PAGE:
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Inside hutong history
(China Daily)
Updated: 2008-08-09 08:45

Despite its rapid development, Beijing still has hundreds of historic hutong - narrow residential alleys - mostly located close to the city center.

Some of these alleys are particularly famous, as old Beijingers have recognized them as "number one" in various ways.

The longest

This is the longest hutong of "old Beijing". Lying in Dongcheng district, the alley extends for some 3 km from East Tian'anmen Square Road in the west, to Chongwenmennei Avenue in the east.

The street has long been home to diplomatic missions in Beijing. After the Opium Wars in the 1840s, Britain, Russia, Germany and France established embassies along this road. In 1901, it was renamed Embassies Street. Its unique history has left the area with unique buildings exhibiting diverse architectural styles.

The shortest

The shortest hutong in Beijing lies at the east end of East Liulichang Street. Named Yichi Alley, the east-west passage is only slightly more than 10 m long.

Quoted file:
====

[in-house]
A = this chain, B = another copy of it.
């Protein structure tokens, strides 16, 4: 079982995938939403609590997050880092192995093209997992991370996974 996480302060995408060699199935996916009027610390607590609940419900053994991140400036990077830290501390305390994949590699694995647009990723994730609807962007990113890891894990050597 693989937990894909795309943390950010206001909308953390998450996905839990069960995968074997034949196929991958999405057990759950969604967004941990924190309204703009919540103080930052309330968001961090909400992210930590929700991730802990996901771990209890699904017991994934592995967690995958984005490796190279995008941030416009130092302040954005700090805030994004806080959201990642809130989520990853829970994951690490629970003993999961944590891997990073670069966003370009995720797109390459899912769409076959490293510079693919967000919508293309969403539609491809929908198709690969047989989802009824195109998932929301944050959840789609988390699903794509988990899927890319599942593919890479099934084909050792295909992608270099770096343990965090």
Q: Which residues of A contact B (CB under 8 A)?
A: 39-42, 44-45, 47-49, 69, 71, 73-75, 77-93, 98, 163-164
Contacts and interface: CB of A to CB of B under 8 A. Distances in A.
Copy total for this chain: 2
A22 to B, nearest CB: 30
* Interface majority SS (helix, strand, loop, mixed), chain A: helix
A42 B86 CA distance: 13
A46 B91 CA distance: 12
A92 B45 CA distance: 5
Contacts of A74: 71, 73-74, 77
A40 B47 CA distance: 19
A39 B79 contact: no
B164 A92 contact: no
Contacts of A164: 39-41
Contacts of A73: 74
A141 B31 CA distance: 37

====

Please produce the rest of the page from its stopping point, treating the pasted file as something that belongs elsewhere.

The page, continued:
Recently it has been expanded as part of Meizhuxie Street. (The shortest hutong is now technically nearby Guantong Alley.)

The broadest

Lingjing Alley, in Xidan shopping area, is 32 m wide - much wider than a six-lane expressway.

Its name comes from a celebrated temple, Hong'en Lingji Palace. The Ming Dynasty Emperor Zhu Ding ordered the construction of the temple to honor the spirits of his two brothers, who helped him win a war and recover from illness.

The narrowest

Qianshi Alley is the narrowest hutong in Beijing, with the tightest passage just 80-cm wide. People have to walk sideways when meeting here. Located along Zhubaoshi Street, it is called Qianshi ("money market") because there were once several money exchange shops here.

It is said people chose this location to exchange money because the street has a dead end. Thieves and con men couldn't escape if they ran the wrong way.

The most zigzagging

Most alleys in Beijing are straight. But if you walk into Jiudaowan ("nine turns") Alley, located near Beixin Bridge, you will likely soon become lost as the winding route has many unexpected turns.

China Daily

(China Daily 08/09/2008 page15)